Moving a pedestrian or bicycle improvement project forward can be a challenging and complex endeavor. Often this is due to the number of different ways a project can be implemented.
The most difficult part of getting a project moving is knowing where to start. Because every community may have different priorities as well as physical, fiscal and political considerations, the important thing is to just start somewhere.
The following information has been excerpted from the Selecting Roadway Design Treatments to Accommodate Bicycles
Federal Bicycle Policy
The two basic policy alternatives are: (1) to accommodate current bicycle use and/or (2) to increase the level of use. A review of recent policy statements by Congress, the U.S. Department of Transportation, and the Federal Highway Administration makes it clear that the Federal policy goal for bicycling is to accommodate current use and to encourage increased use, while enhancing safety.
|Cyclists||% of total||Characteristics||Prefers|
|Type A Advanced||5%||
|Type B Basic||95%||
|Type C Children||
|Cyclists||General Best Practice|
|Type A||Design all roadways to accommodate shared use by bicycles and motor vehicles:
|Type B and C||Design a network of neighborhood streets and designated bicycle facilities:
Accommodating Bicycle and Pedestrian Travel: A Recommended Approach, a US DOT Policy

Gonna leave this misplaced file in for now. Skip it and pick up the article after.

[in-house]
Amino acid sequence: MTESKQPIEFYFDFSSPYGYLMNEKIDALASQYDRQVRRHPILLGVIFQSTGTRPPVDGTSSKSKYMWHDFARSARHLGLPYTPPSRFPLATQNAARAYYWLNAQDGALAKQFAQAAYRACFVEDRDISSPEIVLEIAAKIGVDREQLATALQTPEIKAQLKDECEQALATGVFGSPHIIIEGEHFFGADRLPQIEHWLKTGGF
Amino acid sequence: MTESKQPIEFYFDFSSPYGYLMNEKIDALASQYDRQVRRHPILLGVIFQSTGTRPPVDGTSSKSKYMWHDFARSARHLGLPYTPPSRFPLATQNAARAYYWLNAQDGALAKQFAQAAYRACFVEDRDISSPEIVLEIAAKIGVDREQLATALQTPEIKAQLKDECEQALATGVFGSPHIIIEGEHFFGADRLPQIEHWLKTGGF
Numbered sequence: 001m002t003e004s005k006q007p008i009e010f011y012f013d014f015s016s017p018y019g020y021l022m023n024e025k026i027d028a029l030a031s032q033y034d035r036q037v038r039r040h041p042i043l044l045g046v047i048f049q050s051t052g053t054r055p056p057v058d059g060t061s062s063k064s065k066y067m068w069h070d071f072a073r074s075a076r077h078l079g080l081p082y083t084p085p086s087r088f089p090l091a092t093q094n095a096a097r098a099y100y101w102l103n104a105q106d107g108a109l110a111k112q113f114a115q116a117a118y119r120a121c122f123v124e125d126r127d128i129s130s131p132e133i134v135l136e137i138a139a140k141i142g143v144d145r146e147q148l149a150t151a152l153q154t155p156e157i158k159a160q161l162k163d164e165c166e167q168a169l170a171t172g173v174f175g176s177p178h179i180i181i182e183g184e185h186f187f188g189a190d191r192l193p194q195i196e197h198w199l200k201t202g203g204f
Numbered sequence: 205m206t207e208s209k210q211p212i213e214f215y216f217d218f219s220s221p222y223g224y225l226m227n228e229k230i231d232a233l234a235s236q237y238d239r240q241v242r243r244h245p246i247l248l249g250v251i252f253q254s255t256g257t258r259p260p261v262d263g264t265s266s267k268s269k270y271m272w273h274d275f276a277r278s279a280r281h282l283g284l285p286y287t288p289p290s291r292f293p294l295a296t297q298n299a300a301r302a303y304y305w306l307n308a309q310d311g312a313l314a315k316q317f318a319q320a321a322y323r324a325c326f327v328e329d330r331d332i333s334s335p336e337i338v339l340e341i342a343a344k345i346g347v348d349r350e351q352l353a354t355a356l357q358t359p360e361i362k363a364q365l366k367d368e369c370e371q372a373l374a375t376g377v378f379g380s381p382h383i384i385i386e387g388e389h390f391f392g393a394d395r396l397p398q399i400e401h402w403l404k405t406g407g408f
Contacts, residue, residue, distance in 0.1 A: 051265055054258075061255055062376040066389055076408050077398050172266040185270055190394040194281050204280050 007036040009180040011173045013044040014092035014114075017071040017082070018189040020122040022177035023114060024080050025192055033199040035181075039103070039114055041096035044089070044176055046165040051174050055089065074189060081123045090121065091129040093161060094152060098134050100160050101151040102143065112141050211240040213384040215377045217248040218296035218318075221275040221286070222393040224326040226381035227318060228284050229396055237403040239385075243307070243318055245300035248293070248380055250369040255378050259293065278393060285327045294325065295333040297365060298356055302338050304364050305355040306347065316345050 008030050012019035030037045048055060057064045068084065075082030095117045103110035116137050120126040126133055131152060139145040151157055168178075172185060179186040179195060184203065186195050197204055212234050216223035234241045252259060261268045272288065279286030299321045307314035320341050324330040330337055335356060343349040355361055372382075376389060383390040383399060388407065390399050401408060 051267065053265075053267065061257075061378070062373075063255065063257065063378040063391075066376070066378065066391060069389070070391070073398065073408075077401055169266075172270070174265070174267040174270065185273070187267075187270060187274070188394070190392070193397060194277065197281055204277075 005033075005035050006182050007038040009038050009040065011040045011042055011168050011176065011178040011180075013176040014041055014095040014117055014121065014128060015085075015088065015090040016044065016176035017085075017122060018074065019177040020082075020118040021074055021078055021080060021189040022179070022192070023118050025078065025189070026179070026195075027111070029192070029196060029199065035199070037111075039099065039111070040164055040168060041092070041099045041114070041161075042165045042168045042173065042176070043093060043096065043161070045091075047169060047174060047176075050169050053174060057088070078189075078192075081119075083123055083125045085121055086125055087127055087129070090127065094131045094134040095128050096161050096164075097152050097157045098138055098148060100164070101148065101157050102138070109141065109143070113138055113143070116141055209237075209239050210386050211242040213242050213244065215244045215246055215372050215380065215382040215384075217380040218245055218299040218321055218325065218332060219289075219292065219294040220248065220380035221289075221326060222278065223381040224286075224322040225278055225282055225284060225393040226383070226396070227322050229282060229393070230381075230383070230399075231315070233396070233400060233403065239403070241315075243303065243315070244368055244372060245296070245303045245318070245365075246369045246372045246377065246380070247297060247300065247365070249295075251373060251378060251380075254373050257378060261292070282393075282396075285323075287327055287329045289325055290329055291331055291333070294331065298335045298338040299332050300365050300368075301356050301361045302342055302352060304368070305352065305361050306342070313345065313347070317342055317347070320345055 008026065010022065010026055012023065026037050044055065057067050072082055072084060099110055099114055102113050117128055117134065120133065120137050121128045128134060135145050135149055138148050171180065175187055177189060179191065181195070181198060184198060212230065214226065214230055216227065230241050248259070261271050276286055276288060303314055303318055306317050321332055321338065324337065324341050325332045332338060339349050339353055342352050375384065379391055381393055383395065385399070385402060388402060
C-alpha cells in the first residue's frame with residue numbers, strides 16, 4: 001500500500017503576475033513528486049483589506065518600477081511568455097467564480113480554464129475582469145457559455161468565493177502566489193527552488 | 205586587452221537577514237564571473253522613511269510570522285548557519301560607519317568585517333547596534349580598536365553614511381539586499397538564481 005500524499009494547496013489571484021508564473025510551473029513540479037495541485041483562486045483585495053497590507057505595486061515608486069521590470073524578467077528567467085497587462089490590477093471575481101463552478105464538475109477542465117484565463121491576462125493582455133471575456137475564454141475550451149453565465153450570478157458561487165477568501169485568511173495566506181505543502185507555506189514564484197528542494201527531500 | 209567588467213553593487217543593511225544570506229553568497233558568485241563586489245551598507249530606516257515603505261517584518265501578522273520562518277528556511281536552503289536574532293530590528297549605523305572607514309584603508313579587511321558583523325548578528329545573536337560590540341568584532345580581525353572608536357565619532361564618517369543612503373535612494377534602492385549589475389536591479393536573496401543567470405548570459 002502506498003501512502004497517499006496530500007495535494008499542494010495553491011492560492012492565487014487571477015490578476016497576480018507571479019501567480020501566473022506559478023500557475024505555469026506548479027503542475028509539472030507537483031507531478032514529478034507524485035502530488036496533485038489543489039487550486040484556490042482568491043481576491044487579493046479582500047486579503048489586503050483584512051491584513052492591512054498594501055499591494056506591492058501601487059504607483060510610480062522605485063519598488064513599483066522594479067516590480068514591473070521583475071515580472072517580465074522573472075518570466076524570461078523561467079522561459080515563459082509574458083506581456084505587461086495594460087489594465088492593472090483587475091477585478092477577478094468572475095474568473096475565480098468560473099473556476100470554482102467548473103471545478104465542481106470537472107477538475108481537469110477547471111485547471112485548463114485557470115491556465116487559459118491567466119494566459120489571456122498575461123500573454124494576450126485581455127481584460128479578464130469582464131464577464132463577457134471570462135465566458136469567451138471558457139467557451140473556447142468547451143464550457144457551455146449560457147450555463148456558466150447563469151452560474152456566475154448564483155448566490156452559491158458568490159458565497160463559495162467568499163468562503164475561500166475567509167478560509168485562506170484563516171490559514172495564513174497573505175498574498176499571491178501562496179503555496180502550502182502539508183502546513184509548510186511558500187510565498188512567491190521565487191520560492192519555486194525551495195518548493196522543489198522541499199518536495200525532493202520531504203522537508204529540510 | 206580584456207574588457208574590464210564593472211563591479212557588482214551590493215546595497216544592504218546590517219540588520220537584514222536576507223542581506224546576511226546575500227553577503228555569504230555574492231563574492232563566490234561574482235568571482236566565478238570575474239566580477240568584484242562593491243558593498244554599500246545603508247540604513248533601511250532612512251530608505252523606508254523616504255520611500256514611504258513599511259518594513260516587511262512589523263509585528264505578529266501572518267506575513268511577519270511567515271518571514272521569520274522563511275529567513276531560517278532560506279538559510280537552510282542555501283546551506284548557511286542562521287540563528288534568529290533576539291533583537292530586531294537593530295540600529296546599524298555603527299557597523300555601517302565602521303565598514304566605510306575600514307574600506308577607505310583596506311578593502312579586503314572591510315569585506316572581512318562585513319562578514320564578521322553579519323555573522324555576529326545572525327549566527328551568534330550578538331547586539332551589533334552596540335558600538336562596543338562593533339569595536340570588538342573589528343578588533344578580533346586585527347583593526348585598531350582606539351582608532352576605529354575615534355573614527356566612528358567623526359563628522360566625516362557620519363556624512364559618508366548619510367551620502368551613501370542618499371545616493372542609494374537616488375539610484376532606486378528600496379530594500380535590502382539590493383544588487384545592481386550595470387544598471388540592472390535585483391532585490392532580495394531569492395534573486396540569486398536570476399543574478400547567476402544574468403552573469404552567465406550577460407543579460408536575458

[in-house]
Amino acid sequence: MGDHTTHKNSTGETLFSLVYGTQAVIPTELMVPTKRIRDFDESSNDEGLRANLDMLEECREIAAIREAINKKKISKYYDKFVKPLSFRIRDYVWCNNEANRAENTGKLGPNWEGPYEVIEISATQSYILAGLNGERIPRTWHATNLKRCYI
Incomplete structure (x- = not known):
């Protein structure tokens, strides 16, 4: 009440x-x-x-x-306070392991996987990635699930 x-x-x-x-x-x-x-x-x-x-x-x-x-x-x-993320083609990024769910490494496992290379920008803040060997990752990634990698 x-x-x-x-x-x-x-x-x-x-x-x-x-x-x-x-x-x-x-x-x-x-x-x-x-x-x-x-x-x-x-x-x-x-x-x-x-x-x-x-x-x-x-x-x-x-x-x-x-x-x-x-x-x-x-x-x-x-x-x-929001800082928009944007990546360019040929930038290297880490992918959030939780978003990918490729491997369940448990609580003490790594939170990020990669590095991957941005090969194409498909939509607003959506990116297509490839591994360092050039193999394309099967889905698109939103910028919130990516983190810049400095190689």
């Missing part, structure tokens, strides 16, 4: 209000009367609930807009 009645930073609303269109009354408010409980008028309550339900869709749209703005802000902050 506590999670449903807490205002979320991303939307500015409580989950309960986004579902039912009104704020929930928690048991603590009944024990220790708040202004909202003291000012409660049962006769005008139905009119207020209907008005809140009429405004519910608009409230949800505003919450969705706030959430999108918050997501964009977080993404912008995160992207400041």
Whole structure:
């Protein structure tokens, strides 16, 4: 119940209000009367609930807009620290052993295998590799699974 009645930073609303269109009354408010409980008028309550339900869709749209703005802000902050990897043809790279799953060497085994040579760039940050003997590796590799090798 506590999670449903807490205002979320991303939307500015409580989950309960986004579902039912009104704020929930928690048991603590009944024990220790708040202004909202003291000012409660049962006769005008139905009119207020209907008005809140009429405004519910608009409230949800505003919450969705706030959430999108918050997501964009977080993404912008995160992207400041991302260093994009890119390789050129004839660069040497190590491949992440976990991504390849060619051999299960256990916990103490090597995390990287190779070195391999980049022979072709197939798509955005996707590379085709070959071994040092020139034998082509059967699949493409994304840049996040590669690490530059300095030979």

Bicycle Facilities Reference Guide, National Center on Bicycling and Walking
Transportation Prescription for Healthy Cities, Ian Lockwood, P.E.
On-Road Bike Facilties Funding
Local CMAQ – The Congestion Mitigation & Air Quality Program is a federal program with the purpose of helping states meet the requirements of the federal Clean Air Act. Grants are made based on applications from state and local agencies. This portion of funds goes to local road and transit agencies, other CMAQ funds go to MDOT and are part of the ?Trunkline total.
Trunkline CMAQ – This is a federal program with the purpose of helping states meet the requirements of the federal Clean Air Act. Grants are made based on applications from state and local agencies. Projects for this program occur mostly in MPO areas and can be found in the individual TIPS.
Local Highway Safety – The Local Safety Program is funded with a set aside of STP funds for local safety improvements selected on a competitive basis statewide. Project grants are generally about $200,000 per project plus match and are sometimes supplemented with other local funds.
Local Rail/Highway Crossings – The local rail crossing program is funded with a statutory set aside of state and federal funds for the purpose of improving safety at rail/highway crossings.
Recreation Heritage Routes – Woodward Avenue is a designated route.
Act 51 – All county road commissions, cities and villages in Michigan are required to spend 1% of their state fuel tax allotment on non-motorized facilities.
Bikes Belong – A bike industry organization
DALMAC Fund – A private funding source from a prominent cycling club
Cool Cities – An initiative from the Governor’s office
General Road Funding
Information on the Oakland County Federal Aid Task Force